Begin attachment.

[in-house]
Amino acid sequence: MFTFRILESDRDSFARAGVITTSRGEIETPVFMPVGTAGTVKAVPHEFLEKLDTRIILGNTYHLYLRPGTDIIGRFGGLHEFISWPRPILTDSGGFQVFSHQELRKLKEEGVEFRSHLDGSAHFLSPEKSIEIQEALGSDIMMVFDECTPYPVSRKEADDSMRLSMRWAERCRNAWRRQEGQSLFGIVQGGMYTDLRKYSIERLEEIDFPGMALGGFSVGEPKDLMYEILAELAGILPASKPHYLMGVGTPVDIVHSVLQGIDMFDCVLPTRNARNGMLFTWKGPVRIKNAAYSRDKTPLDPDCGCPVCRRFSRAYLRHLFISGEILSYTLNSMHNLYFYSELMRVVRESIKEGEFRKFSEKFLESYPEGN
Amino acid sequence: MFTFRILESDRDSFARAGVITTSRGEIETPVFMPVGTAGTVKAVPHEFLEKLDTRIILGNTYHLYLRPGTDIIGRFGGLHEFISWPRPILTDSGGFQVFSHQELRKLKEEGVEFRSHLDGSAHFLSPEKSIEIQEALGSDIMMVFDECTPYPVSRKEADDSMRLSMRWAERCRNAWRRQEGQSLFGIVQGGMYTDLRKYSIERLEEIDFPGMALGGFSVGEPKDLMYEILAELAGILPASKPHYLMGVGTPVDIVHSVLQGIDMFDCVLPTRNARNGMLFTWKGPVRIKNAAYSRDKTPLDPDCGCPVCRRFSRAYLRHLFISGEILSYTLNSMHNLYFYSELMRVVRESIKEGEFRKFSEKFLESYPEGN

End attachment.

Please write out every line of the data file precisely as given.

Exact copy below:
[in-house]
Amino acid sequence: MFTFRILESDRDSFARAGVITTSRGEIETPVFMPVGTAGTVKAVPHEFLEKLDTRIILGNTYHLYLRPGTDIIGRFGGLHEFISWPRPILTDSGGFQVFSHQELRKLKEEGVEFRSHLDGSAHFLSPEKSIEIQEALGSDIMMVFDECTPYPVSRKEADDSMRLSMRWAERCRNAWRRQEGQSLFGIVQGGMYTDLRKYSIERLEEIDFPGMALGGFSVGEPKDLMYEILAELAGILPASKPHYLMGVGTPVDIVHSVLQGIDMFDCVLPTRNARNGMLFTWKGPVRIKNAAYSRDKTPLDPDCGCPVCRRFSRAYLRHLFISGEILSYTLNSMHNLYFYSELMRVVRESIKEGEFRKFSEKFLESYPEGN
Amino acid sequence: MFTFRILESDRDSFARAGVITTSRGEIETPVFMPVGTAGTVKAVPHEFLEKLDTRIILGNTYHLYLRPGTDIIGRFGGLHEFISWPRPILTDSGGFQVFSHQELRKLKEEGVEFRSHLDGSAHFLSPEKSIEIQEALGSDIMMVFDECTPYPVSRKEADDSMRLSMRWAERCRNAWRRQEGQSLFGIVQGGMYTDLRKYSIERLEEIDFPGMALGGFSVGEPKDLMYEILAELAGILPASKPHYLMGVGTPVDIVHSVLQGIDMFDCVLPTRNARNGMLFTWKGPVRIKNAAYSRDKTPLDPDCGCPVCRRFSRAYLRHLFISGEILSYTLNSMHNLYFYSELMRVVRESIKEGEFRKFSEKFLESYPEGN